A year later, Sheriff still misstates post-hurricane reentry requirements

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One year ago, the Guardian found that all 12 local government agencies we surveyed incorrectly stated that a special permit would be required for reentry after a hurricane. Many of them still do, including the Pinellas County Sheriff’s Office (PCSO), the agency responsible for the program.

At issue is PCSO’s Emergency Access Permit (EAP) program. The EAP program is PCSO’s program for post-hurricane reentry on to the barrier islands of Pinellas County after the Sheriff has declared the area “safe and secure for entry and reentry” (as allowed by section 34-29 of the Pinellas County Code). However, the EAP program itself is not codified in any state or local law.

Our article last year showing that the public was falsely being told that an EAP was “required” for reentry. This year, we wrote those agencies that still provided this false information to the public and asked  them to correct the information they provide. We did so at this time because June 1st marks the beginning of the Atlantic hurricane season.

Ken Keys

The City of Treasure Island saw the problem with a government agency saying that something is required when it isn’t. Treasure Island City Commissioner Ken Keys wrote in an e-mail that he would “make sure to remind the interim city manager to have our IT professional remove the inaccurate information.” The information was subsequently removed.

Madeira Beach city manager Shane Crawford responded that he told  all “employees via email that what is to be conveyed to the public is that they are NOT mandatory” and that both employees and volunteers “are to stress that it is a county function headed up by the Sheriff’s Department and it is not an institution of City government.”  

However, both PCSO and Pinellas County continue to falsely tell the public that an EAP is “required” for reentry after a hurricane. We received no response from either agency to our e-mail four weeks ago asking them to correct the information on their websites. 

When we notified Redington Shores Mayor Bert Adams about the false information on his town’s website, the information was changed without notification to us. Compare the information the town provided before our May 4th e-mail (“Emergency Access Permits will be required to re-enter an evacuated area”) to what it says today (“The Barrier Island Reentry Program is voluntary and nobody is required to obtain a permit.  The permit facilitates reentry and we strongly encourage residents and business owners to obtain the permits.”)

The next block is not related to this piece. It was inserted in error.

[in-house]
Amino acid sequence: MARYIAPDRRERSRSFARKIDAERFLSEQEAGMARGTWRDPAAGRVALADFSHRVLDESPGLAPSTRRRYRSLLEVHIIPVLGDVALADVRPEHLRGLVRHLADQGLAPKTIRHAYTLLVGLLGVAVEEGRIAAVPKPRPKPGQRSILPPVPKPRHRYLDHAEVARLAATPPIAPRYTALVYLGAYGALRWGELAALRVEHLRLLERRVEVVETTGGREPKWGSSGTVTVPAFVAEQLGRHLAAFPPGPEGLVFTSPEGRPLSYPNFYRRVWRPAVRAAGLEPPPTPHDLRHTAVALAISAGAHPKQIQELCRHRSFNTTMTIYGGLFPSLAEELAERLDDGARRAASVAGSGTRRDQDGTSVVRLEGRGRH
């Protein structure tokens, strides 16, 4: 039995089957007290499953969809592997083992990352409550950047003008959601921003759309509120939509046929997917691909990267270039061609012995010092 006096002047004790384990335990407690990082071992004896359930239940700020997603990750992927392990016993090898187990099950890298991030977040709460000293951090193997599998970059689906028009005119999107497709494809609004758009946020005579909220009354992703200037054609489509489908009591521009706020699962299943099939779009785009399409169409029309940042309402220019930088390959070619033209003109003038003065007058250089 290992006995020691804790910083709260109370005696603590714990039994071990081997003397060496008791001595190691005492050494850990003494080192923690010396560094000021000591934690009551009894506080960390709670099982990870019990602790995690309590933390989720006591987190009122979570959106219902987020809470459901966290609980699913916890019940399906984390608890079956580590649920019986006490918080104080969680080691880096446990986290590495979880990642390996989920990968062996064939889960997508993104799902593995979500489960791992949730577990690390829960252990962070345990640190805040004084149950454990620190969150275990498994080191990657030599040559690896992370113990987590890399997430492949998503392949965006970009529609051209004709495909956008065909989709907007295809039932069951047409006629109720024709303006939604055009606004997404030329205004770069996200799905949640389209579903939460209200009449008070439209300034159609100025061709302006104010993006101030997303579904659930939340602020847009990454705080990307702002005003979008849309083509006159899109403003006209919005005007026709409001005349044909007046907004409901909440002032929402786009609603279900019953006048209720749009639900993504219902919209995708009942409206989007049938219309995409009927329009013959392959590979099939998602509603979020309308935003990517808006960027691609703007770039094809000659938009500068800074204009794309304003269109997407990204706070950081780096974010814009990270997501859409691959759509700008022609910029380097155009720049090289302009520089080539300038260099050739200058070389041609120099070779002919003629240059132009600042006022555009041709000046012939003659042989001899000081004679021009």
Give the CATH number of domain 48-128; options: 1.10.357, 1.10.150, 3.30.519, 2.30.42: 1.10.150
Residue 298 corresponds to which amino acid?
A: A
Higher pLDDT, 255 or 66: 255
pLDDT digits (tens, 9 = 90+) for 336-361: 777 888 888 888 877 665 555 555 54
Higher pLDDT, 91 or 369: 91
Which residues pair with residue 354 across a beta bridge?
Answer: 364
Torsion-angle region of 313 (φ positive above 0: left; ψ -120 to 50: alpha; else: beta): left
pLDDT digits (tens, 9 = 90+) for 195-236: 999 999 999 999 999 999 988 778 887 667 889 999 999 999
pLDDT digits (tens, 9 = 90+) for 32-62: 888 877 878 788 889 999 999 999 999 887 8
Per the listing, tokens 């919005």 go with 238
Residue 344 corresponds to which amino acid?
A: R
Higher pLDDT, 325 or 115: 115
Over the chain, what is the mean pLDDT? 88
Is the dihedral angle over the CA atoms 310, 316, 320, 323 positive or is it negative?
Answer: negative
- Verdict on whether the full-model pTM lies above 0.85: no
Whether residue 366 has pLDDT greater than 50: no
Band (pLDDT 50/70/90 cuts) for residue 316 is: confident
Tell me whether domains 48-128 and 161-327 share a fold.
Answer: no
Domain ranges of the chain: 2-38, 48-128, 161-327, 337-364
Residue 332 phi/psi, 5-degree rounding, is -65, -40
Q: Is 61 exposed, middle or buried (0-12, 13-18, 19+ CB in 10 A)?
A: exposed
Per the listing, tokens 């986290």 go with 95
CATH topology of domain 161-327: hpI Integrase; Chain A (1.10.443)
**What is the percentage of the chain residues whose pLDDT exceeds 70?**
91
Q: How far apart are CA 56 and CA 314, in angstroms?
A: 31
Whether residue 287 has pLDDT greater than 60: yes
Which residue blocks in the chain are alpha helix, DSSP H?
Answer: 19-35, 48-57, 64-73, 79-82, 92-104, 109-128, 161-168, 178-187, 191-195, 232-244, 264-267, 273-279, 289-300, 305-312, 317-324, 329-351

We also went to the offices of several municipalities along the beach and were verbally told that an EAP was “required.” When informed that they were giving out false information, several municipal employees told the Guardian more or less the same thing: it’s the Sheriff’s program, and this is what I was told in training. The EAP program is now in its third year.

Sheriff Bob Gualtieri

In a testy e-mail to the Guardian on May 26th of last year, Pinellas County Sheriff Gualtieri wrote “I will say it one more time……the permit is NOT required. You don’t seem to be understanding that the permit is not required.” Yet a year later, his agency’s website continues to say in underlined text that “Emergency Access Permits will be required to re-enter an evacuated area.” 

In a news release last month ahead of this year’s hurricane season, PCSO used the same language that was used in previous years’ news releases. There is no indication that PCSO plans to stop using the word “required.”

Most Florida statutes, including the Florida Sunshine Law, apply in full during a declared state of emergency.  But will some people be more equal than others after a hurricane? Hopefully, no hurricane will cause enough damage that we will ever have to find out.

As always, the Guardian reports and the readers decide. Please like our Facebook page to find out when we publish our articles.

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